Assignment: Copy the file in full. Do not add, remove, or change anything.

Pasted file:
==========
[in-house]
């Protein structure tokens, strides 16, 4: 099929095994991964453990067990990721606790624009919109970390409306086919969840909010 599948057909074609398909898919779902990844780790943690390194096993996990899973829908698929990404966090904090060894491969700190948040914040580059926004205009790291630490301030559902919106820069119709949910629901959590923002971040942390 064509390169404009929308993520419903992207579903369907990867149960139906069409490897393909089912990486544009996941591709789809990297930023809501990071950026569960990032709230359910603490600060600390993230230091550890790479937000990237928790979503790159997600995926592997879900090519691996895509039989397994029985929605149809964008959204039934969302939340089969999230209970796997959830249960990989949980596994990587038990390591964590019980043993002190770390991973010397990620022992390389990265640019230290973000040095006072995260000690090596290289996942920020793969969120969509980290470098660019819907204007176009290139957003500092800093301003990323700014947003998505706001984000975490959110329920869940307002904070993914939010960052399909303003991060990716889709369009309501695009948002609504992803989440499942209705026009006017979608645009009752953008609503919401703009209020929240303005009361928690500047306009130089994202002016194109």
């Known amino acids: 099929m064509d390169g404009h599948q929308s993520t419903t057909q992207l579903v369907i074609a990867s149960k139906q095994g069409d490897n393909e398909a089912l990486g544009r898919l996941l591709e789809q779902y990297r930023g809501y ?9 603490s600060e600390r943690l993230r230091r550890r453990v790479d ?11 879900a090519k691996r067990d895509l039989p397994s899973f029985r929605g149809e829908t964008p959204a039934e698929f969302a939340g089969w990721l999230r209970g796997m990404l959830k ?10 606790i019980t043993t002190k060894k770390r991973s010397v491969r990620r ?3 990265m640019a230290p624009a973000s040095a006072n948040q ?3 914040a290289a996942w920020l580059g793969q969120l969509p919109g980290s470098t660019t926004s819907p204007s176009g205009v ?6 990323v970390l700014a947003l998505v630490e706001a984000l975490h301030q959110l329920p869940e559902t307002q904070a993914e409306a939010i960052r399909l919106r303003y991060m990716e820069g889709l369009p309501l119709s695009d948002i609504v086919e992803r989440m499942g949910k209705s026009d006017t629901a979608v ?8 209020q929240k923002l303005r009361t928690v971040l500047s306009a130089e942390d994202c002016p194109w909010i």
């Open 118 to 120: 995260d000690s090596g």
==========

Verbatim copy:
[in-house]
């Protein structure tokens, strides 16, 4: 099929095994991964453990067990990721606790624009919109970390409306086919969840909010 599948057909074609398909898919779902990844780790943690390194096993996990899973829908698929990404966090904090060894491969700190948040914040580059926004205009790291630490301030559902919106820069119709949910629901959590923002971040942390 064509390169404009929308993520419903992207579903369907990867149960139906069409490897393909089912990486544009996941591709789809990297930023809501990071950026569960990032709230359910603490600060600390993230230091550890790479937000990237928790979503790159997600995926592997879900090519691996895509039989397994029985929605149809964008959204039934969302939340089969999230209970796997959830249960990989949980596994990587038990390591964590019980043993002190770390991973010397990620022992390389990265640019230290973000040095006072995260000690090596290289996942920020793969969120969509980290470098660019819907204007176009290139957003500092800093301003990323700014947003998505706001984000975490959110329920869940307002904070993914939010960052399909303003991060990716889709369009309501695009948002609504992803989440499942209705026009006017979608645009009752953008609503919401703009209020929240303005009361928690500047306009130089994202002016194109």
């Known amino acids: 099929m064509d390169g404009h599948q929308s993520t419903t057909q992207l579903v369907i074609a990867s149960k139906q095994g069409d490897n393909e398909a089912l990486g544009r898919l996941l591709e789809q779902y990297r930023g809501y ?9 603490s600060e600390r943690l993230r230091r550890r453990v790479d ?11 879900a090519k691996r067990d895509l039989p397994s899973f029985r929605g149809e829908t964008p959204a039934e698929f969302a939340g089969w990721l999230r209970g796997m990404l959830k ?10 606790i019980t043993t002190k060894k770390r991973s010397v491969r990620r ?3 990265m640019a230290p624009a973000s040095a006072n948040q ?3 914040a290289a996942w920020l580059g793969q969120l969509p919109g980290s470098t660019t926004s819907p204007s176009g205009v ?6 990323v970390l700014a947003l998505v630490e706001a984000l975490h301030q959110l329920p869940e559902t307002q904070a993914e409306a939010i960052r399909l919106r303003y991060m990716e820069g889709l369009p309501l119709s695009d948002i609504v086919e992803r989440m499942g949910k209705s026009d006017t629901a979608v ?8 209020q929240k923002l303005r009361t928690v971040l500047s306009a130089e942390d994202c002016p194109w909010i």
């Open 118 to 120: 995260d000690s090596g």